• Homochirality


    • Homochirality describes a geometric property of some materials that are composed of chiral units. Chiral bodies are objects which are non-superposable on their mirror images. For example, left and right hands are chiral. A substance is said to be homochiral if all the constituent units are molecules of the same chiral form (enantiomer).

      In biology, homochirality is a common property of amino acids and sugars. The origin of this phenomenon is not clearly understood. It is unclear if homochirality has a purpose; however it appears to be a form of information storage. One suggestion is that it reduces entropy barriers in the formation of large organized molecules. It has been experimentally verified that amino acids form large aggregates in larger abundance from enantiopure substrates than from racemic ones.

      Homochirality is said to evolve in three distinct steps: mirror-symmetry breaking creates a minute enantiomeric imbalance and is key to homochirality, chiral amplification is a process of enantiomeric enrichment and chiral transmission allows the transfer of chirality of one set of molecules to another.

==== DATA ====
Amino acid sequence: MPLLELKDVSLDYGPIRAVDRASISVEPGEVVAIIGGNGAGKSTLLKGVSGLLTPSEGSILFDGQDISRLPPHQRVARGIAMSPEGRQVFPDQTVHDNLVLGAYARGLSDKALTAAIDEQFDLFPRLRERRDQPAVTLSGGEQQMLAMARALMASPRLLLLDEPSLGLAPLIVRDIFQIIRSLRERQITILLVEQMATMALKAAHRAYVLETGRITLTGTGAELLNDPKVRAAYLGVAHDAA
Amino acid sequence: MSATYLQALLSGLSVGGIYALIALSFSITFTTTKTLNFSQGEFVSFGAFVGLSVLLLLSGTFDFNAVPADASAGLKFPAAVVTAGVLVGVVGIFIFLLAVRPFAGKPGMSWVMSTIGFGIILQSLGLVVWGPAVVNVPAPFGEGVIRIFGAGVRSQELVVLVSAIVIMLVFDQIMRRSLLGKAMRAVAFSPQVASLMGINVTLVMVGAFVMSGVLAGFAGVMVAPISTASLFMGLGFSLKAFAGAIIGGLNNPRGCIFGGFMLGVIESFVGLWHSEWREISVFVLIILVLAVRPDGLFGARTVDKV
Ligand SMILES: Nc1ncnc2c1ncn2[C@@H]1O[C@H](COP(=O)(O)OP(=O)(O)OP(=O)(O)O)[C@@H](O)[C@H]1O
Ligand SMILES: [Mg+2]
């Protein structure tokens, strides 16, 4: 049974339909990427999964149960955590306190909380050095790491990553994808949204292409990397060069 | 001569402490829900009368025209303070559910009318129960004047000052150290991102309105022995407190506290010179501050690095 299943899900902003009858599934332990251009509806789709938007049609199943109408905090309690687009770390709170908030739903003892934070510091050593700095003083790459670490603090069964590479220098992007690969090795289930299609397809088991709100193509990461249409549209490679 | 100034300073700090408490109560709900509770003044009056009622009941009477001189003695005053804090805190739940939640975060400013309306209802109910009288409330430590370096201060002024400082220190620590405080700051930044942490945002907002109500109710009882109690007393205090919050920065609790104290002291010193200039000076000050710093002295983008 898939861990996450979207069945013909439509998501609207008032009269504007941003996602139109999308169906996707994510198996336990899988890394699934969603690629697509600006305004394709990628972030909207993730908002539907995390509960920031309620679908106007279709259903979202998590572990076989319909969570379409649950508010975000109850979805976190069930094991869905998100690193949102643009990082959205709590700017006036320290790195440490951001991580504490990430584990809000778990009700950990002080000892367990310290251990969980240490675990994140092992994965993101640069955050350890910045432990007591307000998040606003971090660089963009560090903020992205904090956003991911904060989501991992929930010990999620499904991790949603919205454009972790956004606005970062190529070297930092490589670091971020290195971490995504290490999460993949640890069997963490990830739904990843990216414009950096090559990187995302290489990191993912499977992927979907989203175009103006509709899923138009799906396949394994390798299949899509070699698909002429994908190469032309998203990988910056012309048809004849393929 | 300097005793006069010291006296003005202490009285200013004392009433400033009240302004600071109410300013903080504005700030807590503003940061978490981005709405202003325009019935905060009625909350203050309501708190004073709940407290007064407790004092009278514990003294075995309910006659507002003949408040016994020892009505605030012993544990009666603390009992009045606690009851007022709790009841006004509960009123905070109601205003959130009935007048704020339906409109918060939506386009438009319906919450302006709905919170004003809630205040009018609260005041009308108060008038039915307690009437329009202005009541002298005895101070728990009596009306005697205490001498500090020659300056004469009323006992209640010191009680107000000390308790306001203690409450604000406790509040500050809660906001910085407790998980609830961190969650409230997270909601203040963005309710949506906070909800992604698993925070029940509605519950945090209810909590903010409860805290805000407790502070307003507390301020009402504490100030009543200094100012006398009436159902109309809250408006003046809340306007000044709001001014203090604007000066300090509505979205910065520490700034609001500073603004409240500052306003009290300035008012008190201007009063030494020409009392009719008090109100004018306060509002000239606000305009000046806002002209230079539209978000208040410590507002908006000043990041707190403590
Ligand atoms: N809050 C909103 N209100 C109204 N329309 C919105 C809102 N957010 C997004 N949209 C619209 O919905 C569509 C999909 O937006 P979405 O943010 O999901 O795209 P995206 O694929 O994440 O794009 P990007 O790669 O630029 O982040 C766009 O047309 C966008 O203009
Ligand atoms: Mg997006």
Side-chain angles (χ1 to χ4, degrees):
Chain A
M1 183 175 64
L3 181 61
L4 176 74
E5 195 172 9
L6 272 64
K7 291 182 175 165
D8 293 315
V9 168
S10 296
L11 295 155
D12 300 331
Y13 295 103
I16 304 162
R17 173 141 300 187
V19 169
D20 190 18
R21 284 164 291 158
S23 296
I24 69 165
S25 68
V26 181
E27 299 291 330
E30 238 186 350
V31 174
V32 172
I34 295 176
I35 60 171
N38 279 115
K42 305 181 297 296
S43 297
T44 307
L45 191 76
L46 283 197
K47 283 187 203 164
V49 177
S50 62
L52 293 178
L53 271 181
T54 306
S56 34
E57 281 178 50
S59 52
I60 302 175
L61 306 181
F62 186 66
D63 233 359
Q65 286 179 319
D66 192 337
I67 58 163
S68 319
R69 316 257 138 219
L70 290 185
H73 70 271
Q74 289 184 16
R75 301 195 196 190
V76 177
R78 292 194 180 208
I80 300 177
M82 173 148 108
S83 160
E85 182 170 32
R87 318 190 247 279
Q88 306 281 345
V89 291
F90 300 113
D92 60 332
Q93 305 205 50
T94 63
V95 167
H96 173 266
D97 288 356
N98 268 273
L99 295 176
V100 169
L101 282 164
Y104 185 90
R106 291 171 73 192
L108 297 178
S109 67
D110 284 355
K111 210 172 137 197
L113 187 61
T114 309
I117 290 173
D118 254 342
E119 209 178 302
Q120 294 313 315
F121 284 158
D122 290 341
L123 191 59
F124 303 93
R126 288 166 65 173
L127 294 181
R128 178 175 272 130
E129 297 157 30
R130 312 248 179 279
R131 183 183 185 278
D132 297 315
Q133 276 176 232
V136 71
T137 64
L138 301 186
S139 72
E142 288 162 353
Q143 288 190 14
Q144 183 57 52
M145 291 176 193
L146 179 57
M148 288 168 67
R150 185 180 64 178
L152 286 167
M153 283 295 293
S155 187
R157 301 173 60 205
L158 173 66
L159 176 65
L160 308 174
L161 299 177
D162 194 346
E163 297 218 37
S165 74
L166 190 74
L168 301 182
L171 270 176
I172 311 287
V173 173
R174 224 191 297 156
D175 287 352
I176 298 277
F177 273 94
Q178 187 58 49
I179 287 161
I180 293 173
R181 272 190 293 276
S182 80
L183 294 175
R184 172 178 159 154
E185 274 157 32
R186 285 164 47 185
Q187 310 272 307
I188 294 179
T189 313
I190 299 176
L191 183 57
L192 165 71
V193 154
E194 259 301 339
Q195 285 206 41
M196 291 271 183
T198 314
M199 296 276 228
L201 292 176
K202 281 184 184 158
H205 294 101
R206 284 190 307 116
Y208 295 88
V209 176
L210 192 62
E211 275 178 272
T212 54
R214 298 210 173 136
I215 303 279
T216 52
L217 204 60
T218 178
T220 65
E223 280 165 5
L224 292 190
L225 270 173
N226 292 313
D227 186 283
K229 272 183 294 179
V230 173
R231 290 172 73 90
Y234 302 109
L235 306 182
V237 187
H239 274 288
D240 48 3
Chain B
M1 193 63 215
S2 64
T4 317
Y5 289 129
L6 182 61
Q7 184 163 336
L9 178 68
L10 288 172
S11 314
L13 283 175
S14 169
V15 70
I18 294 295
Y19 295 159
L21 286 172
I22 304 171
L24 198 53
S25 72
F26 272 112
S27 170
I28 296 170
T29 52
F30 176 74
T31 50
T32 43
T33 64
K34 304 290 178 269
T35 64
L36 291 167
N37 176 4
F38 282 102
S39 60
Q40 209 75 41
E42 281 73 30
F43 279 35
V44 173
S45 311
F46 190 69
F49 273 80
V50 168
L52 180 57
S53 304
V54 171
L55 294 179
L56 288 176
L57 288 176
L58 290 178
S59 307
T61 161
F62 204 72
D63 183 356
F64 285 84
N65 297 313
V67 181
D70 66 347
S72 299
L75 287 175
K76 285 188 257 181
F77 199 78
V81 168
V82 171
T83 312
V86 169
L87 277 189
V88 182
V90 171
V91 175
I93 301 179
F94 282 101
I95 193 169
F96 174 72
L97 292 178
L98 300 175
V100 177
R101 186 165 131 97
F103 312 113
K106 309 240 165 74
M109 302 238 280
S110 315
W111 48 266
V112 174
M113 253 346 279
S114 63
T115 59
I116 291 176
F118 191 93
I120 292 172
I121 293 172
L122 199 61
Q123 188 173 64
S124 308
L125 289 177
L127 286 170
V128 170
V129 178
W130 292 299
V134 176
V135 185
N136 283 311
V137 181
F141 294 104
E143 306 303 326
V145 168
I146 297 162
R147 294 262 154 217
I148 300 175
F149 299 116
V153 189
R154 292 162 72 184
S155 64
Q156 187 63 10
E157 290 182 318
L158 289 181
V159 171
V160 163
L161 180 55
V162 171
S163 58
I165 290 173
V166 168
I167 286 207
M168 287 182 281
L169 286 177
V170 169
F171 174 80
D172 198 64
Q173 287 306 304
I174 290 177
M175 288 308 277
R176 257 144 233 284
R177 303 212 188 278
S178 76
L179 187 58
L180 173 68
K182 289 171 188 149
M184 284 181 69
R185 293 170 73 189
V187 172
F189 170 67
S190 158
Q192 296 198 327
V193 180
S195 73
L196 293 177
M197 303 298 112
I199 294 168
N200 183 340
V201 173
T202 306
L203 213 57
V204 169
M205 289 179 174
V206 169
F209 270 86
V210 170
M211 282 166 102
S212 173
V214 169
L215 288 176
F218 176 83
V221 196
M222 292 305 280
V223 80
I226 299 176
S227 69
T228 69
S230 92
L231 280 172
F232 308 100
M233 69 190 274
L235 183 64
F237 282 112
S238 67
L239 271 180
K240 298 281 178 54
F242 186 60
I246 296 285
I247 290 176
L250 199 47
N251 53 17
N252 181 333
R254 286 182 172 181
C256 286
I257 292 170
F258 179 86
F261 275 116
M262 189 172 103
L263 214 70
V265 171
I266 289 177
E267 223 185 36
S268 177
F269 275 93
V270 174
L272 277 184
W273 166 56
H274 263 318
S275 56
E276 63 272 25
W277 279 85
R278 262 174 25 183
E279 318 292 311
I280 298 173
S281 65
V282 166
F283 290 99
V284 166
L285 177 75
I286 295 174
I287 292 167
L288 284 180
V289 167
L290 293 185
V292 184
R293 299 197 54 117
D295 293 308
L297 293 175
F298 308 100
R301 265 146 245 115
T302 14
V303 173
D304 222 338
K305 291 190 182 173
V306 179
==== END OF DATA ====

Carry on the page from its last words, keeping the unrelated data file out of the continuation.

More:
It is also entirely possible that homochirality is simply a result of the natural autoamplification process of life —that either the formation of life as preferring one chirality or the other was a chance rare event which happened to occur with the chiralities we observe, or that all chiralities of life emerged rapidly but due to catastrophic events and strong competition, the other unobserved chiral preferences were wiped out by the preponderance and metabolic, enantiomeric enrichment from the 'winning' chirality choices. The emergence of chirality consensus as a natural autoamplification process has been associated with the 2nd law of thermodynamics.

      Known mechanisms for the production of non-racemic mixtures from racemic starting materials include: asymmetric physical laws, such as the electroweak interaction; asymmetric environments, such as those caused by circularly polarized light, quartz crystals, or the Earth's rotation; and statistical fluctuations during racemic synthesis. Once established, chirality would be selected for. A small enantiomeric excess can be amplified into a large one by , such as in the Soai reaction. In asymmetric autocatalysis, the catalyst is a chiral molecule, which means that a chiral molecule is catalysing its own production. An initial enantiomeric excess, such as can be produced by polarized light, then allows the more abundant enantiomer to outcompete the other.

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    • Homochirality